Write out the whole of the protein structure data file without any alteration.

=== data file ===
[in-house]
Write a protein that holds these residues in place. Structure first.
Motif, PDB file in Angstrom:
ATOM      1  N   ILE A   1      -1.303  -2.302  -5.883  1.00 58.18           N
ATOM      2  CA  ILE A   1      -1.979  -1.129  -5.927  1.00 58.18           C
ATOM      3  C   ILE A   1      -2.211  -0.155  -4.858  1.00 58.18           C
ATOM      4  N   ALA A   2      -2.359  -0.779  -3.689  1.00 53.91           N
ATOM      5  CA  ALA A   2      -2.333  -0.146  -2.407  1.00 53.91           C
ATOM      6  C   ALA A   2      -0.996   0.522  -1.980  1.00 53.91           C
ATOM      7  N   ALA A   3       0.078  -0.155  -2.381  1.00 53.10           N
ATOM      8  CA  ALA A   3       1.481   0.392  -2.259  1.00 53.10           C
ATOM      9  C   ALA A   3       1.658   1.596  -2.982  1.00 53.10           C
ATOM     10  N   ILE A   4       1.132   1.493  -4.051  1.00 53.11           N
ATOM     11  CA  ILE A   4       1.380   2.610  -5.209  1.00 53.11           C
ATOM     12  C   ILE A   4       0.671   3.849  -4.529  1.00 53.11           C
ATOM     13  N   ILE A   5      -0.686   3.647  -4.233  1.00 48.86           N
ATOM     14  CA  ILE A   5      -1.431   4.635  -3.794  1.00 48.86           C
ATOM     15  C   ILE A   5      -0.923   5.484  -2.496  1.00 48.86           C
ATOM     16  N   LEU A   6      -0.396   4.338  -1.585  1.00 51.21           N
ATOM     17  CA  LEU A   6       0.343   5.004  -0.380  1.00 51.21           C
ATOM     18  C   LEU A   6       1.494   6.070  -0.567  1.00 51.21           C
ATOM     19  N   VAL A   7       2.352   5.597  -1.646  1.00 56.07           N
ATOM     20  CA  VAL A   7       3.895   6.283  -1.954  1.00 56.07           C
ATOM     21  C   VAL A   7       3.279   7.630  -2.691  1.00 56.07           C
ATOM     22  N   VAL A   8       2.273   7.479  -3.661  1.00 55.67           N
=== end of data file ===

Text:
[in-house]
Write a protein that holds these residues in place. Structure first.
Motif, PDB file in Angstrom:
ATOM      1  N   ILE A   1      -1.303  -2.302  -5.883  1.00 58.18           N
ATOM      2  CA  ILE A   1      -1.979  -1.129  -5.927  1.00 58.18           C
ATOM      3  C   ILE A   1      -2.211  -0.155  -4.858  1.00 58.18           C
ATOM      4  N   ALA A   2      -2.359  -0.779  -3.689  1.00 53.91           N
ATOM      5  CA  ALA A   2      -2.333  -0.146  -2.407  1.00 53.91           C
ATOM      6  C   ALA A   2      -0.996   0.522  -1.980  1.00 53.91           C
ATOM      7  N   ALA A   3       0.078  -0.155  -2.381  1.00 53.10           N
ATOM      8  CA  ALA A   3       1.481   0.392  -2.259  1.00 53.10           C
ATOM      9  C   ALA A   3       1.658   1.596  -2.982  1.00 53.10           C
ATOM     10  N   ILE A   4       1.132   1.493  -4.051  1.00 53.11           N
ATOM     11  CA  ILE A   4       1.380   2.610  -5.209  1.00 53.11           C
ATOM     12  C   ILE A   4       0.671   3.849  -4.529  1.00 53.11           C
ATOM     13  N   ILE A   5      -0.686   3.647  -4.233  1.00 48.86           N
ATOM     14  CA  ILE A   5      -1.431   4.635  -3.794  1.00 48.86           C
ATOM     15  C   ILE A   5      -0.923   5.484  -2.496  1.00 48.86           C
ATOM     16  N   LEU A   6      -0.396   4.338  -1.585  1.00 51.21           N
ATOM     17  CA  LEU A   6       0.343   5.004  -0.380  1.00 51.21           C
ATOM     18  C   LEU A   6       1.494   6.070  -0.567  1.00 51.21           C
ATOM     19  N   VAL A   7       2.352   5.597  -1.646  1.00 56.07           N
ATOM     20  CA  VAL A   7       3.895   6.283  -1.954  1.00 56.07           C
ATOM     21  C   VAL A   7       3.279   7.630  -2.691  1.00 56.07           C
ATOM     22  N   VAL A   8       2.273   7.479  -3.661  1.00 55.67           N